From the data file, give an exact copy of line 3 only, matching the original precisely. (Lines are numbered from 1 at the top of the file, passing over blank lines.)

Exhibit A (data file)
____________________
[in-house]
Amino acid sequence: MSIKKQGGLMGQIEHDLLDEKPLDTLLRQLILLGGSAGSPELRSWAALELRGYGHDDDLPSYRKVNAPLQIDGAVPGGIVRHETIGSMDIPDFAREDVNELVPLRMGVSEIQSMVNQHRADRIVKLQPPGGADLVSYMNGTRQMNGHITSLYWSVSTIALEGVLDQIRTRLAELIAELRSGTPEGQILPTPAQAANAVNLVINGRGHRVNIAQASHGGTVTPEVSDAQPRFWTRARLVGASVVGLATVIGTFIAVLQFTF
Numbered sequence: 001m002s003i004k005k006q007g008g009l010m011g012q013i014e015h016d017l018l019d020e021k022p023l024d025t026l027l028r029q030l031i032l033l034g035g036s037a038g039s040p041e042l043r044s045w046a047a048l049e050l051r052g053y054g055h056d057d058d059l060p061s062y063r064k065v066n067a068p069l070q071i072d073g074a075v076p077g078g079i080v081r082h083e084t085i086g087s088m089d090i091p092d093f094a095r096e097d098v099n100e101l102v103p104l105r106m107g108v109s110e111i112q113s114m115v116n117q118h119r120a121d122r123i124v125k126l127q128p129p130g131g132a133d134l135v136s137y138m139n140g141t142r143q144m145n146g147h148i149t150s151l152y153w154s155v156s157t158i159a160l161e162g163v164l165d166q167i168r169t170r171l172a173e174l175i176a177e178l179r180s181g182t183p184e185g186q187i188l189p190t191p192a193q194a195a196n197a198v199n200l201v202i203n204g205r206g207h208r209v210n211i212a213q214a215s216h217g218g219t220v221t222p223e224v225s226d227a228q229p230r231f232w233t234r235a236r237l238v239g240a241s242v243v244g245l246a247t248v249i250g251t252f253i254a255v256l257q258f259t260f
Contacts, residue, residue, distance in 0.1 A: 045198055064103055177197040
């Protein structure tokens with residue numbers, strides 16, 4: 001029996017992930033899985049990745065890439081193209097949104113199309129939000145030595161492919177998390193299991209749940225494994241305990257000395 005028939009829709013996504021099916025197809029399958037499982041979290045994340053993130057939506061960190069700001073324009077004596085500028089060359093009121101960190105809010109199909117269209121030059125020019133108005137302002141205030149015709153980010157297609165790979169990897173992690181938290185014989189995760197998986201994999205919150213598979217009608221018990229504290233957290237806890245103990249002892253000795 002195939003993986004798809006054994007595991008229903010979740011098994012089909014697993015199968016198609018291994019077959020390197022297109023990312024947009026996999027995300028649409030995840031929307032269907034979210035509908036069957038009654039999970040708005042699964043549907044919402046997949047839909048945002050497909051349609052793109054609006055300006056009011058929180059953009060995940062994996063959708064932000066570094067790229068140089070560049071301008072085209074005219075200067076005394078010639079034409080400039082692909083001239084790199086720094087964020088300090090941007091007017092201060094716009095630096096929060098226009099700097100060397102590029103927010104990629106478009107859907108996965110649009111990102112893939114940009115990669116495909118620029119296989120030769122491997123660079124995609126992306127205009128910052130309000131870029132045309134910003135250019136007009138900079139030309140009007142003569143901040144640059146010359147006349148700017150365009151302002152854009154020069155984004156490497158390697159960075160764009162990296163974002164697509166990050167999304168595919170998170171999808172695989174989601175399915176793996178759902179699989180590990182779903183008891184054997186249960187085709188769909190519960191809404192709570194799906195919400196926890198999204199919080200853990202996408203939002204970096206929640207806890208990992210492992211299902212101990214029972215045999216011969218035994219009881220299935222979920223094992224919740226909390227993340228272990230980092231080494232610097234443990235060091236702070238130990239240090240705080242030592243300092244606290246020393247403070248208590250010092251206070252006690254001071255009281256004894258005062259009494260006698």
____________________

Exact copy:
Numbered sequence: 001m002s003i004k005k006q007g008g009l010m011g012q013i014e015h016d017l018l019d020e021k022p023l024d025t026l027l028r029q030l031i032l033l034g035g036s037a038g039s040p041e042l043r044s045w046a047a048l049e050l051r052g053y054g055h056d057d058d059l060p061s062y063r064k065v066n067a068p069l070q071i072d073g074a075v076p077g078g079i080v081r082h083e084t085i086g087s088m089d090i091p092d093f094a095r096e097d098v099n100e101l102v103p104l105r106m107g108v109s110e111i112q113s114m115v116n117q118h119r120a121d122r123i124v125k126l127q128p129p130g131g132a133d134l135v136s137y138m139n140g141t142r143q144m145n146g147h148i149t150s151l152y153w154s155v156s157t158i159a160l161e162g163v164l165d166q167i168r169t170r171l172a173e174l175i176a177e178l179r180s181g182t183p184e185g186q187i188l189p190t191p192a193q194a195a196n197a198v199n200l201v202i203n204g205r206g207h208r209v210n211i212a213q214a215s216h217g218g219t220v221t222p223e224v225s226d227a228q229p230r231f232w233t234r235a236r237l238v239g240a241s242v243v244g245l246a247t248v249i250g251t252f253i254a255v256l257q258f259t260f